The US vice president visited Iraqi Kurdistan amid cries of US betrayal of its Kurdish allies in neighboring Syria. Washington withdrew its soldiers from near the Turkish border just as Ankara launched an incursion.
US Vice President Mike Pence made an unannounced visit to Iraq on Saturday in an attempt to reassure Iraqi Kurds of Washington's support despite the shock decision to withdraw American troops from neighboring northern Syria.
Pence met with Nechirvan Barzani, the president of the semi-autonomous Kurdish region in Iraq, reminding him of the "strong bonds forged in the fires of war between the people of the United States and the Kurdish people across this region."
Barzani, meanwhile, thanked Pence for the US military's backing in the fight against the "Islamic State" (IS) armed group, adding that his "visit at this particular time is an important indication of your continued support to Kurdistan and Iraq.''
Alliance on the rocks
The pair's remarks referenced the US-Syrian Kurdish alliance against IS which was weakened in October when US President Donald Trump decided to pull American troops from northern Syria.
The move drew criticism that Washington had betrayed its Kurdish allies, prompting them to seek support from Syrian President Bashar Assad's army and Russia.
Turkey, meanwhile, seized on the US withdrawal to launch its own offensive against what Syrian Kurds say is their ancestral lands in northeastern Syria.
Trump later ordered some 800 troops to remain in Syria to keep the country's oil fields from falling back into the hands of the "Islamic State." Pence, meanwhile, brokered a pause in Turkey's invasion to allow time for Kurdish fighters to withdraw.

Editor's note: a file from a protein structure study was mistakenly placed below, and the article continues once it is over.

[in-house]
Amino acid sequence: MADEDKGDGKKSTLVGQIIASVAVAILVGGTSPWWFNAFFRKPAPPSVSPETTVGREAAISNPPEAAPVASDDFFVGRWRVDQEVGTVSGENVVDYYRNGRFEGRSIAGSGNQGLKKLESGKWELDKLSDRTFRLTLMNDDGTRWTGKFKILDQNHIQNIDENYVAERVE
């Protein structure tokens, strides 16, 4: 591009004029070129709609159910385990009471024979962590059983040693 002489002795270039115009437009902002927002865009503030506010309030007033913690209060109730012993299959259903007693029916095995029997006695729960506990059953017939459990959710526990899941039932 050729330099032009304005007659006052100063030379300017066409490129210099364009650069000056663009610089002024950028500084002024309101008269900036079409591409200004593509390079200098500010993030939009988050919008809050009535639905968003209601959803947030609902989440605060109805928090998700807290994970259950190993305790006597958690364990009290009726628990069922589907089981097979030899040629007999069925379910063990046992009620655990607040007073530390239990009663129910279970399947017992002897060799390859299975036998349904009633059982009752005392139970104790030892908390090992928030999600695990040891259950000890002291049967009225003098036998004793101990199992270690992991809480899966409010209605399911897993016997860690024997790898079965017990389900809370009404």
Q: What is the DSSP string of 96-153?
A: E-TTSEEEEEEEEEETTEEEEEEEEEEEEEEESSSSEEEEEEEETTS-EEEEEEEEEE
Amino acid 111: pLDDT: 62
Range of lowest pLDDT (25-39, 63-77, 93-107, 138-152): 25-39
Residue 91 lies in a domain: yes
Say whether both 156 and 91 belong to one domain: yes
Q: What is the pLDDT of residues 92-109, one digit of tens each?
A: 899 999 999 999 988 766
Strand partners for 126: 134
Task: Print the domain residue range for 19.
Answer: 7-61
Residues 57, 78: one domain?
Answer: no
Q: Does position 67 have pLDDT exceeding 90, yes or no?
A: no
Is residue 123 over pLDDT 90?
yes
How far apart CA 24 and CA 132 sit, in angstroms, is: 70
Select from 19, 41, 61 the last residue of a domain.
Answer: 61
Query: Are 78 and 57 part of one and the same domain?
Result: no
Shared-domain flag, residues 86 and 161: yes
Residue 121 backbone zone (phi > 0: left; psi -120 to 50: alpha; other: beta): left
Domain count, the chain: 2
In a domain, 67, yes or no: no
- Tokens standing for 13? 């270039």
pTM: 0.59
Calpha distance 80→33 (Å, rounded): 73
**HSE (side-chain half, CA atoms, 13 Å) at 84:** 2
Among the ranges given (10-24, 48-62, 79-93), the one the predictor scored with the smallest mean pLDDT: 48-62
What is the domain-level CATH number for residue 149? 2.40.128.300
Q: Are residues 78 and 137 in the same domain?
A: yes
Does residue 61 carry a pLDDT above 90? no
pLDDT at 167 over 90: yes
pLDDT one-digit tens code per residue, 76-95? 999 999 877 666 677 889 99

Earlier on Saturday, Pence received a classified briefing at Iraq's Al-Asad Air Base, from where US forces launched the operation in Syria last month that resulted in the death of IS leader Abu Bakr al-Baghdadi.
Thanksgiving boost to troops
The vice president and his wife, Karen, also served a traditional Thanksgiving meal to American military personnel, ahead of the celebration on Thursday.
Pence, who traveled to the conflict zone on a military cargo plane to keep the trip secret, also had a phone call with Iraqi Prime Minister Adel Abdul Mahdi, although the pair were not due to meet.
Iraq has been rocked by mass anti-government protests since early last month against what demonstrators say is a corrupt political class that has become beholden to foreign powers since the 2003 US invasion.
At least 320 protesters have been killed and thousands have been wounded since the unrest began in Baghdad and across Iraq's mainly Shiite south.
Pence encouraged the Iraqi government to show restraint in its attempts to quell the unrest. Efforts by Parliament to pass reforms have so far failed to calm the protesters' anger.
mm/sms (AFP, AP, Reuters)